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New Jersey Voting Reform: Early Voting Expansion, Ballot Boxes, and the Future of Voting Legislation

By: Tim Intelisano

In the wake of the 2020 election, the American people watched as a plethora of states enacted restrictive voting laws, that would counter the reforms undertaken to make voting easier and safer during the Covid-19 pandemic. 2020 was an unprecedented year for democracy. Election night (or perhaps with the benefit of hindsight, election week) featured drama counting mail-in-ballots across the Midwest and Sun Belt. The entire process exposed the weaknesses of the system. Instead of changing state laws that would allow counties to start counting mail-in ballots as they were received, some states forced officials to wait until Election Day, resulting in delayed results. These delays were cited by many as proof of fraud or vote tally manipulation.

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Mississippi: Masks, Mandates, and Mail-In Voting

By Catrina Curtis

Mississippi finds itself in an odd position going into this important Election Day amidst the COVID-19 pandemic: it is the only state to have allowed its statewide mask mandate to expire and the only state that is not offering early or mail-in voting for all of its citizens. 

The Magnolia State is one of only five states that will not offer no-excuse absentee voting for this November’s election, even as the vast majority of states have expanded their mail-in voting options due to health and safety concerns. However, among the five states not offering no-excuse absentee voting, Mississippi is the only state also not offering early voting. Although the Mississippi Legislature passed an amendment this summer to allow for those quarantining due to COVID-19 or those caring for someone with COVID-19 to vote by mail, the Mississippi Supreme Court recently held that the amendment does not also allow for those with pre-existing conditions at a greater risk of COVID-19 to vote absentee, striking down a lower interpretation of the amendment that was appealed by the Secretary of State. 

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The Prepopulated Paper Chase: Joel Miller’s Battle Over Absentee Ballot Request Forms

By Zee Huff

This is part I on coverage of Iowa’s absentee ballot application dispute; see part 2 here.

Imagine: You’re the auditor for Linn County, Iowa. It’s a warm summer morning. After a June primary which saw record turnout— and a surge in absentee voting — you’re trying to figure out how best to serve the citizens of your county. Drop boxes outside your office and the Public Services Building were a hit, with citizens voting up until 9 p.m. on Election Day. There are ways to help your constituents, and you’ll find them.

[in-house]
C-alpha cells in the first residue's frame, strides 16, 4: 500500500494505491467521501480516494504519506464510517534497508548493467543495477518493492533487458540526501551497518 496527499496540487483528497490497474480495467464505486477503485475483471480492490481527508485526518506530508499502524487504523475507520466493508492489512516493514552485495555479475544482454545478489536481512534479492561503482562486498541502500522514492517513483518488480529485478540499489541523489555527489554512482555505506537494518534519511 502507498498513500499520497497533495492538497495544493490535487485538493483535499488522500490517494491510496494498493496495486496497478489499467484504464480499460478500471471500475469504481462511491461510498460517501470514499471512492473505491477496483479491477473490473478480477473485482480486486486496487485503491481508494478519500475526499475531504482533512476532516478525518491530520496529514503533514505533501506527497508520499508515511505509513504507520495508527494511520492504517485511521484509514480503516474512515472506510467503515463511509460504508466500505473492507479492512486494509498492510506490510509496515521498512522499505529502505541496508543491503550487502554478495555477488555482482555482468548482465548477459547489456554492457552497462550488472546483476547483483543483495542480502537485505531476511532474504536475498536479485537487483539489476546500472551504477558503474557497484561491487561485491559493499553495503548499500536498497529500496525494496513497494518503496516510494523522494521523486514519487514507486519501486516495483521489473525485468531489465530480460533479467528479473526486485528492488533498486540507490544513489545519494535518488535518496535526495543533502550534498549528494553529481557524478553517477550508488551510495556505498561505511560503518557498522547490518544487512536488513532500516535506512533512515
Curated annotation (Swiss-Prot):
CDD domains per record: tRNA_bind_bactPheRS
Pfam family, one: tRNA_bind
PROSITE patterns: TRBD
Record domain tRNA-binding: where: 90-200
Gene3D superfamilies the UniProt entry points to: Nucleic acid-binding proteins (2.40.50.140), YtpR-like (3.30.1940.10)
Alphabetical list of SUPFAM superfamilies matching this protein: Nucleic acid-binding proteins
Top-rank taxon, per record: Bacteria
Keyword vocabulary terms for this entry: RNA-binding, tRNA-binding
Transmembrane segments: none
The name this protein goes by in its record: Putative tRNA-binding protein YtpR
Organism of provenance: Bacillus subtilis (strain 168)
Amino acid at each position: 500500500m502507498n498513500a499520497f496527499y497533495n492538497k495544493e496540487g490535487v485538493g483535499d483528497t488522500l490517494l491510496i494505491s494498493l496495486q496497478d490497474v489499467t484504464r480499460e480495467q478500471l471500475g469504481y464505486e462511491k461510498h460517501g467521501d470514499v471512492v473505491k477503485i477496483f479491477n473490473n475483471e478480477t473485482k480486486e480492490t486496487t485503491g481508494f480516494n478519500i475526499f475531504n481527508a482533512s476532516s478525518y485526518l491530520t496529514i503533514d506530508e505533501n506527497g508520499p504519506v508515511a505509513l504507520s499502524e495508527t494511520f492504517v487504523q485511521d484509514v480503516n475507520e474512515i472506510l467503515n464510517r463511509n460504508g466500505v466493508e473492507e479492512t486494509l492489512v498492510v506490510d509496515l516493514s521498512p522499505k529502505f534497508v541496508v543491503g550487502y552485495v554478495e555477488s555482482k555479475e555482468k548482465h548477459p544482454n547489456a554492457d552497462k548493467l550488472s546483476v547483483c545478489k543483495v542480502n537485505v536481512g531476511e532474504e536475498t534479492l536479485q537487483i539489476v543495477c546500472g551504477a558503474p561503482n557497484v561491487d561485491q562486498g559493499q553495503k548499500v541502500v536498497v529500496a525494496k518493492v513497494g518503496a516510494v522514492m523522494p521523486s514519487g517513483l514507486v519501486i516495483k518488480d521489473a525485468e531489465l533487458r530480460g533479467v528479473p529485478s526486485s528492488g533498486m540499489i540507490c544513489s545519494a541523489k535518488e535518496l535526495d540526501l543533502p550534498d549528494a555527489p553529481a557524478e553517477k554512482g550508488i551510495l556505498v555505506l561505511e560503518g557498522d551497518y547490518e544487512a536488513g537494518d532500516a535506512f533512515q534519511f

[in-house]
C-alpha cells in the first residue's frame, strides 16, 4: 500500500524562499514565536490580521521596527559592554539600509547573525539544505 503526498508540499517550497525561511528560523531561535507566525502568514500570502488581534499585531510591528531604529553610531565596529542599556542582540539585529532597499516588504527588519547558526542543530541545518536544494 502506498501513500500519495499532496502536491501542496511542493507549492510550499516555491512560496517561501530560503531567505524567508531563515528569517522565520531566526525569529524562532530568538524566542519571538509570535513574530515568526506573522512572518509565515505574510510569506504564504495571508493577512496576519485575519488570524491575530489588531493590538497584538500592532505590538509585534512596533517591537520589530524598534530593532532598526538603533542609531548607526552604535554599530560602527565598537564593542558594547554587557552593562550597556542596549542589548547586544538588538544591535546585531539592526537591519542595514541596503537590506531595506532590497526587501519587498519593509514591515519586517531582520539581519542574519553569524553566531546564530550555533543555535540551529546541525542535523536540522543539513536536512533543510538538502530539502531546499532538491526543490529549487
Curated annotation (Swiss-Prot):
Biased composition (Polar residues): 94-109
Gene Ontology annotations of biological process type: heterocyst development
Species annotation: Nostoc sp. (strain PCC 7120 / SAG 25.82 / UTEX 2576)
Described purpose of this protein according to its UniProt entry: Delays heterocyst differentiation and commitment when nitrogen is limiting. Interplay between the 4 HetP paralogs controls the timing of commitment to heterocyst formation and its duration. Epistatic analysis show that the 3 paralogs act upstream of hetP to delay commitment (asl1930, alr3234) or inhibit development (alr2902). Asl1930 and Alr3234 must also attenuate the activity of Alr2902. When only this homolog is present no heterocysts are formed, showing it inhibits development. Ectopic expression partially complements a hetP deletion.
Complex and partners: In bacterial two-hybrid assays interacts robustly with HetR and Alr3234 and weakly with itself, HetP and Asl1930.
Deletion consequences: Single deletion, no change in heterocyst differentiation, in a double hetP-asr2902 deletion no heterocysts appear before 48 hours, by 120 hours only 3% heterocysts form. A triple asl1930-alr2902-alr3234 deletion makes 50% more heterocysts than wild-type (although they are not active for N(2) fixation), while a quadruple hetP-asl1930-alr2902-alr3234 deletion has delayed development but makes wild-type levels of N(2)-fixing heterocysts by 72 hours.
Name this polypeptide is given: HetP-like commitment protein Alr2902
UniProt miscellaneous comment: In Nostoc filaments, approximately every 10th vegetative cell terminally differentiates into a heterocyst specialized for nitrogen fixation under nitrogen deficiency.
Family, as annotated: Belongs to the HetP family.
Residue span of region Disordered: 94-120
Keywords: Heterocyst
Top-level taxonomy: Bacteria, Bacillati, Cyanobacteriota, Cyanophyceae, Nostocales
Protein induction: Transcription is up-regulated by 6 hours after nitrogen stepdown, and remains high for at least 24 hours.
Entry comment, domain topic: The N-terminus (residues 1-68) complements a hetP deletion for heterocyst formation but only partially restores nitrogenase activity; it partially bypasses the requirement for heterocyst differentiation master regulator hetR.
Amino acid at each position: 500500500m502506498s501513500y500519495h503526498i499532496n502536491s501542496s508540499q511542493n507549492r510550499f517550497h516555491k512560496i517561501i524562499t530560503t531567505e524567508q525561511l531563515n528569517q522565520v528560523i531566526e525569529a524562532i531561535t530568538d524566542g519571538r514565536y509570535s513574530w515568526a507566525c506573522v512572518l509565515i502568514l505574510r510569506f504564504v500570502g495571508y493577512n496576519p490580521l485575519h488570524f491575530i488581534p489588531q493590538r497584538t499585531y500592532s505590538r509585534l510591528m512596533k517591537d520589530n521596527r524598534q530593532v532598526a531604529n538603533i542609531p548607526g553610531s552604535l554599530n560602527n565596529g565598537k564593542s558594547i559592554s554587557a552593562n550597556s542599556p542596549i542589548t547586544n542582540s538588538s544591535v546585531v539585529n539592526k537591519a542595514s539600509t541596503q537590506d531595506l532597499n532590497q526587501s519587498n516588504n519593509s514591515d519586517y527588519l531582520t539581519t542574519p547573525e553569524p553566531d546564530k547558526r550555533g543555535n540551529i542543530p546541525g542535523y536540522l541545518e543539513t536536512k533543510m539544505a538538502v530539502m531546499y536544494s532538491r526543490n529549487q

Your name is Joel Miller, and you’re about to have a hell of a summer.

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Retweet: Colorado Secretary of State Urges Careful Election Night Reporting

By Anna Pesetski

In a Twitter thread on October 1, Colorado Secretary of State Jena Griswold encouraged news outlets to abstain from reporting the results of the presidential election on the night of the election. In her tweets, Griswold stated that this is an “unprecedented election” and “call[ed] on national media networks to pledge to #PressPause for democracy” by refraining from making projections or reporting results on election night. She quickly received backlash for these statements from both sides of the political spectrum. Fox News host Laura Ingraham, a conservative, stated that “[i]t’s not up to her to say what the media or anyone else says on election night.” Colorado state senator Steve Fenberg, the Democratic majority leader, tweeted “[t]his will only cause mass confusion and creates an opening for reckless behavior from the President. Demanding journalists to withhold verifiable facts or rational projections is counter to how a free democracy works.” 

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U.S. District Court Changes South Carolina Absentee Ballot Witness Requirement

September was an eventful month for South Carolina’s absentee voting laws. On September 16, 2020, the Governor of South Carolina signed into law the state legislature’s bill H5305, which, in effect, permits all registered voters in South Carolina to vote by absentee ballot for the November 3, 2020 General Election. On September 18, 2020, the United States District Court for the District of South Carolina, Columbia Division, issued a preliminary injunction against the South Carolina State Election Commission (“SCEC”) in Middleton v. Andino, No. 3:20-CV-01730-JMC (D.S.C. Sept. 18, 2020). The court enjoined the SCEC from enforcing South Carolina law requiring another person to witness an absentee voter’s signature on the absentee ballot envelope for the November 2020 general election. South Carolina law requires absentee voters to sign an oath on their absentee ballot envelope in the presence of a witness, who must also sign and provide their address on the ballot envelope. Additionally, Section 7-15-420 of the South Carolina Code provides that an absentee ballot “may not be counted unless the oath is properly signed and witnessed.” Section 6(a) of the recently passed H5305 bill provides that the absentee ballot envelopes will be examined “in accordance with the requirements of Section 7-15-420.”

There are three reasons that the district court in Middleton reached the right result in issuing the preliminary injunction.